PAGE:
Let’s consider the voices of the king, the prophet, and the priest throughout Tanach. 

  1. Can you think of times where you hear each different perspective shine in different ways? 
  2. Why do you think having a more nuanced approach to laws of holiness is important?
  3. Which “voice” do you identify with the most when making decisions? Ethical, passionate, or discerning?
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Parsha in Passing

Kedoshim opens up with a powerful directive: “You shall be holy, for I, the Lord your God, am holy.” 

This introduction sets the stage for numerous mitzvot that guide the Jewish People in sanctifying themselves and connecting with the holiness of God.

The mitzvot given in this week’s parsha cover a wide range of ethical and spiritual areas, including the prohibition of idol worship, the duty of charity, upholding equality under the law, keeping Shabbat, maintaining morality in relationships, practicing honesty in commerce, respecting and honouring one’s parents, and cherishing the sanctity of life.

Also featured in Kedoshim is the significant teaching, esteemed by the great sage Rabbi Akiva as a fundamental principle of the Torah - to “Love your neighbour as yourself.”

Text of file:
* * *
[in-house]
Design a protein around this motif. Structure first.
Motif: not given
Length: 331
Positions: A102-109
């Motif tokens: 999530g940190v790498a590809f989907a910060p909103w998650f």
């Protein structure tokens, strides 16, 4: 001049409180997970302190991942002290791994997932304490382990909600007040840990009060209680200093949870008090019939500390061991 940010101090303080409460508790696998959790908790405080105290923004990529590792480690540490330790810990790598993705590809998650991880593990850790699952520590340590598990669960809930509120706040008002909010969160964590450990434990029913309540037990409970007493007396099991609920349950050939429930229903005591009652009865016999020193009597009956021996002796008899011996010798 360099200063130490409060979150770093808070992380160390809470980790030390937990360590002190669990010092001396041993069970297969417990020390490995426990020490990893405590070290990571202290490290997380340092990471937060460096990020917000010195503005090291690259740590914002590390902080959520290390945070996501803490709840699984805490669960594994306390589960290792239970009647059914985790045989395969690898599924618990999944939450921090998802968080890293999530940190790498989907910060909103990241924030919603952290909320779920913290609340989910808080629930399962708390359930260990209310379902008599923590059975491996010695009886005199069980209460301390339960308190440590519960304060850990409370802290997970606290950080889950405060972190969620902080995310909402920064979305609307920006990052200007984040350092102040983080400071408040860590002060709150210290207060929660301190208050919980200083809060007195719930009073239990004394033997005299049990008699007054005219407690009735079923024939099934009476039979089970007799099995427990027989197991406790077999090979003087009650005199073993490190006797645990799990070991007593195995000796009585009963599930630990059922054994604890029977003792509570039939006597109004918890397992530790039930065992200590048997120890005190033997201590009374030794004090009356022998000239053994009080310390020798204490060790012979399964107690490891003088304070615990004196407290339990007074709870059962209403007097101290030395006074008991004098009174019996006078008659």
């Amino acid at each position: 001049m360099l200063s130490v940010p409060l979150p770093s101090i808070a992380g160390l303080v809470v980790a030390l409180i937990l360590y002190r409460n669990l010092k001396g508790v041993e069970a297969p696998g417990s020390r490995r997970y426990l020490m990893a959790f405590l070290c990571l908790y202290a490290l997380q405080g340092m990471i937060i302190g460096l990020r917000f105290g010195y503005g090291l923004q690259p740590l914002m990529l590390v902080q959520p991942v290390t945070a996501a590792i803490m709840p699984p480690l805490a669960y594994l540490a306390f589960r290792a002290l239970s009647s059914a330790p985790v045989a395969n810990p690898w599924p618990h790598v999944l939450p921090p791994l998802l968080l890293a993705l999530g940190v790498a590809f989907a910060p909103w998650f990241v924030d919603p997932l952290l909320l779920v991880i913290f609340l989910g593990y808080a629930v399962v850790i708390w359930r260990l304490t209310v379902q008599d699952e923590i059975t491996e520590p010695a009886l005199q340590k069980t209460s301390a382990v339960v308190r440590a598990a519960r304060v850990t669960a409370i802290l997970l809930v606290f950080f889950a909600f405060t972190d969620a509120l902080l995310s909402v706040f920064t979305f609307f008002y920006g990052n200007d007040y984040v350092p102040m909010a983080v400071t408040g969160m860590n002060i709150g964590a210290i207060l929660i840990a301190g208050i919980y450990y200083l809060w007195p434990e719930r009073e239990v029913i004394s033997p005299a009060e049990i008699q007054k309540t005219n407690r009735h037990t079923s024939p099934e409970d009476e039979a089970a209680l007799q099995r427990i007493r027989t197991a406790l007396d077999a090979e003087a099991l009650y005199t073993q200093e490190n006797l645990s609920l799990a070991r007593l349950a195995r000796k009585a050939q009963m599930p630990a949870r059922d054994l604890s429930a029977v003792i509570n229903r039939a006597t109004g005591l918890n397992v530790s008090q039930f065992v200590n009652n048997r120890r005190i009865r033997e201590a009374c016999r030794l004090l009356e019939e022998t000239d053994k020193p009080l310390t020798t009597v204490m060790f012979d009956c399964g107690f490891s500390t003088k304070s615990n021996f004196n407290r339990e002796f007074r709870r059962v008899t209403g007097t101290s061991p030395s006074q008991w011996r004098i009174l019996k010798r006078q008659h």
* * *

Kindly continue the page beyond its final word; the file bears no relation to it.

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Parsha People

First fruits sapling trees young farming crops orchard

Your Neighbour: Love thy neighbour, share your spice, and holiness in kindness is oh so nice. 

Yourself: See yourself in the mirror’s face, and treat “you” with kindness in every place.

A Holy People: A holy people, set apart, performing mitzvot together for God, with one heart.

First Fruits: We are the first-fruits
of the land, offer me up in a gesture
so grand.

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Parsha Practical

Parshat Kedoshim is full of practical mitzvot, many of which contain profound teachings on holiness, particularly through the lens of our interpersonal relationships. Giving tzedakah to those in need, for instance. You can’t get much more practical and effective in your actions than that!